SILVA IR, PEREIRA LCC AND COSTA RM. 2006. Uso e Ocupação em uma comunidade pesqueira na margem do estuário do rio Caeté (PA, Brasil). Desenvol e Meio Amb 13: 11—18.         [ Links ]

SILVA IR DA, PEREIRA LCC, GUIMARÃES D DE O, TRINDADE WN, ASP N AND COSTA RM DA. 2009. Environmental Status of Urban Beaches in São Luís (Amazon Coast, Brazil). J Coastal Res SI56: 1301—1305.         [ Links ]

SMAYDA TJ. 1980. Phytoplankton species succession. In: MORRIS I (Ed), Berkeley, University of California Press, p. 493—570.         [ Links ]

SMAYDA TJ. 2002. Turbulence, watermass stratification and harmful algal blooms: an alternative view and frontal zones as "pelagic seed banks". Harmful Algae 1: 95—112.         [ Links ]

SMETACEK V. 1998. Plankton characteristics. In: POSTMA H ET AL. (Eds), Ecosystems of the World: Continental Shelf. Amsterdam: Elsevier 27(4): 93—130.         [ Links ]

SOKAL RR AND ROHLF FJ. 1969. Bioetry. .. Freean & Co, San Francisco, California, USA, 776 p.         [ Links ]

SOURNIA A. 1975. Phytoplankton Manual, UNESCO Monographs on Oceanographic Methodology 6.         [ Links ]

SOUSA EB DE, COSTA VB DA, PEREIRA LCC AND COSTA RAAM DA. 2008. Microfitoplâncton de Águas Costeiras Amazônicas: Ilha Canela (Bragança-Pará-Brasil). Acta Bot Bras 22: 629-636.         [ Links ]

SOUZA FILHO PWM, MARTINS ESF AND COSTA FR. 2006. Using mangroves as a geological indicator of coastal changes in the Bragança macrotidal flat, Brazilian Amazon: A remote sensing data approach. Ocean and Coast Manage 49: 462-175.         [ Links ]

STATSOFT. 2001. Statistic (Data analysis software system), version 6. <http://www.statsoft.com>         [ Links ].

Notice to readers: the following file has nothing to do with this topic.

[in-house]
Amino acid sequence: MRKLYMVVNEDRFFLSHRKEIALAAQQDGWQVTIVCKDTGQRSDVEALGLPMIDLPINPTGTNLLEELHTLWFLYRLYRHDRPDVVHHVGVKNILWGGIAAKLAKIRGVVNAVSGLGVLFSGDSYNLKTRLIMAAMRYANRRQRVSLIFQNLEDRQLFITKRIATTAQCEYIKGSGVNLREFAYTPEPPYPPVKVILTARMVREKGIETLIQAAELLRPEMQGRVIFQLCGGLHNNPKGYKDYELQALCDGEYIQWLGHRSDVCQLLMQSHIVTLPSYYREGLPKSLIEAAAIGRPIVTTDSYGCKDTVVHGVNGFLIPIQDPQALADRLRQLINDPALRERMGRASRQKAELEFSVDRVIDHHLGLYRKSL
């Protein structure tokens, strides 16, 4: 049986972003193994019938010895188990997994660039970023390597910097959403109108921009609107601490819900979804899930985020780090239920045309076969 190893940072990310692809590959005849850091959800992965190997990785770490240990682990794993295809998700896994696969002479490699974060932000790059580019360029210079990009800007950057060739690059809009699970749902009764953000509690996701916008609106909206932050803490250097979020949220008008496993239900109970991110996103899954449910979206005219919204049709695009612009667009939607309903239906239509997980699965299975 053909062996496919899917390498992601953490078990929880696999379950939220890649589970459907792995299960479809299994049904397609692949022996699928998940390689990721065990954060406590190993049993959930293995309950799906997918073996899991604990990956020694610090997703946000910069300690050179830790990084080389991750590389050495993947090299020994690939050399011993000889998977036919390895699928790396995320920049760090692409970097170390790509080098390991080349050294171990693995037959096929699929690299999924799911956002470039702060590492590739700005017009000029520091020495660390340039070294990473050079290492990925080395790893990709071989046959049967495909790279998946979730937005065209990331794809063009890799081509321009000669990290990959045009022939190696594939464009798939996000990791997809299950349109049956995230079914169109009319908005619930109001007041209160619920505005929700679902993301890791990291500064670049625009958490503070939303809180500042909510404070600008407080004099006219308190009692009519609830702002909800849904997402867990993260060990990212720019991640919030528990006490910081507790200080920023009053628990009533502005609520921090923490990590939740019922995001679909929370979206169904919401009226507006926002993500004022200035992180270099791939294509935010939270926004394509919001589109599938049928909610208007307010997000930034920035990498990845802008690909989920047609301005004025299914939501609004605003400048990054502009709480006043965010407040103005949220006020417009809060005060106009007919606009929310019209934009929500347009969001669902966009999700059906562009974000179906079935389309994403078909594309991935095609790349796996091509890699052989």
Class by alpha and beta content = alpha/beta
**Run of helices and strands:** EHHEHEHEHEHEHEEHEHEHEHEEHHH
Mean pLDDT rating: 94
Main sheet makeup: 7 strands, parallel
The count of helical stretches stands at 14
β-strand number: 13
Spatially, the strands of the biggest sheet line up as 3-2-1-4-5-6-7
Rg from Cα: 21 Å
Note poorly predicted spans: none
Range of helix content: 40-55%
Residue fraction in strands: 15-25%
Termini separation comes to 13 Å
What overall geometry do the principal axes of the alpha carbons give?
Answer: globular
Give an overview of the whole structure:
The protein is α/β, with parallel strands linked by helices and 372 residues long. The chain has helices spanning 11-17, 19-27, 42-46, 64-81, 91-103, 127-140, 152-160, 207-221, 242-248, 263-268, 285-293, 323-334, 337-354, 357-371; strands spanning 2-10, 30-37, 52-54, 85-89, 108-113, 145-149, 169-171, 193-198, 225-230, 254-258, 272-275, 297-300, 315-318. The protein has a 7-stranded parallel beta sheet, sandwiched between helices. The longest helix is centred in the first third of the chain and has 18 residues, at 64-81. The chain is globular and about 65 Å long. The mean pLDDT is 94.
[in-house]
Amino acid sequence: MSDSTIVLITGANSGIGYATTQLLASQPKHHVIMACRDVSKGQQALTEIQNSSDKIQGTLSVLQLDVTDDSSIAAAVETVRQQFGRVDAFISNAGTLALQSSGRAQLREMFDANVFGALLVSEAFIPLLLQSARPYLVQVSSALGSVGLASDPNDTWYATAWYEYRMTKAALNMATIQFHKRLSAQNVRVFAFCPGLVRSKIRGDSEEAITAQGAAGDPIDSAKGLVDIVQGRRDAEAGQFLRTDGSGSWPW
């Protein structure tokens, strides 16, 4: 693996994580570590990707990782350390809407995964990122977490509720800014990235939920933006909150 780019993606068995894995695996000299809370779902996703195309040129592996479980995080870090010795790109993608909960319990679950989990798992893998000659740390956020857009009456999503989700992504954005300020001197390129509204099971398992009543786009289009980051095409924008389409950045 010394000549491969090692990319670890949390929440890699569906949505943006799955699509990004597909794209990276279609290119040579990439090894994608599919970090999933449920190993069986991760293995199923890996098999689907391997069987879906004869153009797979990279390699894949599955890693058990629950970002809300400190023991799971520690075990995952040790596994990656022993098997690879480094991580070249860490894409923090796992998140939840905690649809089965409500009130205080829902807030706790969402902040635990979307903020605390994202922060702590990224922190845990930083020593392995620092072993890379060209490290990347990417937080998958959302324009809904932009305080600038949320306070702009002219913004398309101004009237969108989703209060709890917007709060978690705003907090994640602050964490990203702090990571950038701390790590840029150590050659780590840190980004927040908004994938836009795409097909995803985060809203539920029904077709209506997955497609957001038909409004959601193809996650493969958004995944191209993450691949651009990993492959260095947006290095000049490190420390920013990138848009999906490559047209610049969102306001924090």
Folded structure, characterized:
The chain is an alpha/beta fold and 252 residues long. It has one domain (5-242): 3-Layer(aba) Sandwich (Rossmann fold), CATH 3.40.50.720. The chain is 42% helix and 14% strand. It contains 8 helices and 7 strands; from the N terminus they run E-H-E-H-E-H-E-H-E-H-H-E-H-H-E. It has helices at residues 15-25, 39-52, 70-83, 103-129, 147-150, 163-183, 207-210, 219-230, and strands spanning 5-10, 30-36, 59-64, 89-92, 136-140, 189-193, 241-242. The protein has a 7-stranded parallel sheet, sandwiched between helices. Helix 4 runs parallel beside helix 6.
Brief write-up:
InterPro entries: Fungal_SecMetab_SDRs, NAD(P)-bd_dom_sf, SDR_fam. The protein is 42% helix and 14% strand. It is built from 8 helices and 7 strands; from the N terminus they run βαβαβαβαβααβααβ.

STEFFY LY AND KILHAM SS. 2006. Effects of urbanization and land use on fish communities in Valley Creek watershed, Chester County, Pennsylvania. Urban Ecosystem 9: 119-133.         [ Links ]

Strickland JDH and Parsons TRA. 1968. The Practical Handbook of Seawater Analysis. Bull Fish Res Board of Can 167: 1-311.         [ Links ]

STRICKLAND JDH AND PARSONS TRA. 1972. Manual of Seawater Analysis. Bull Fish Res Board of Can 125: 1205.         [ Links ]

THOMPSON B, ADELSBACH T, BROWN C, HUNT J, KUWABARA J, NEALE J, OHLENDORF H, SCHWARZ-BACH S, SPIES R AND TABERSKI K. 2007. Biological effects ofanthropogenic contaminants intheSanFrancisco Estuary. Environ Res 105: 156-174.         [ Links ]

TILSTONE GH, MÍGUEZ BM, FIGUEIRAS FG AND FER-MIN EG. 2000. Diatom dynamics in a coastal ecosystem affected by upwelling: coupling between species succession, circulation and biogeochemical processes. MarEcol Prog Ser 205: 23-41.         [ Links ]

TOMAS CR. 1997. Identifying Marine Phytoplankton. Academic Press, San Diego.         [ Links ]

TUNDISI JG. 1970. O plâncton estuarino. Contr Avulsas Inst Oceano. São Paulo, Ser Ocean Biol 19: 1-22.         [ Links ]

ZAR JH. 1999. Biostatistical Analysis. 4th ed., Prentice Hall, New Jersey, USA, 663 p.         [ Links ]

 

 

Correspondence to:
Luci Cajueiro Carneiro Pereira
E-mail: cajueiro@ufpa.br

Manuscript received on August 1, 2008; accepted for publication on July 8, 2009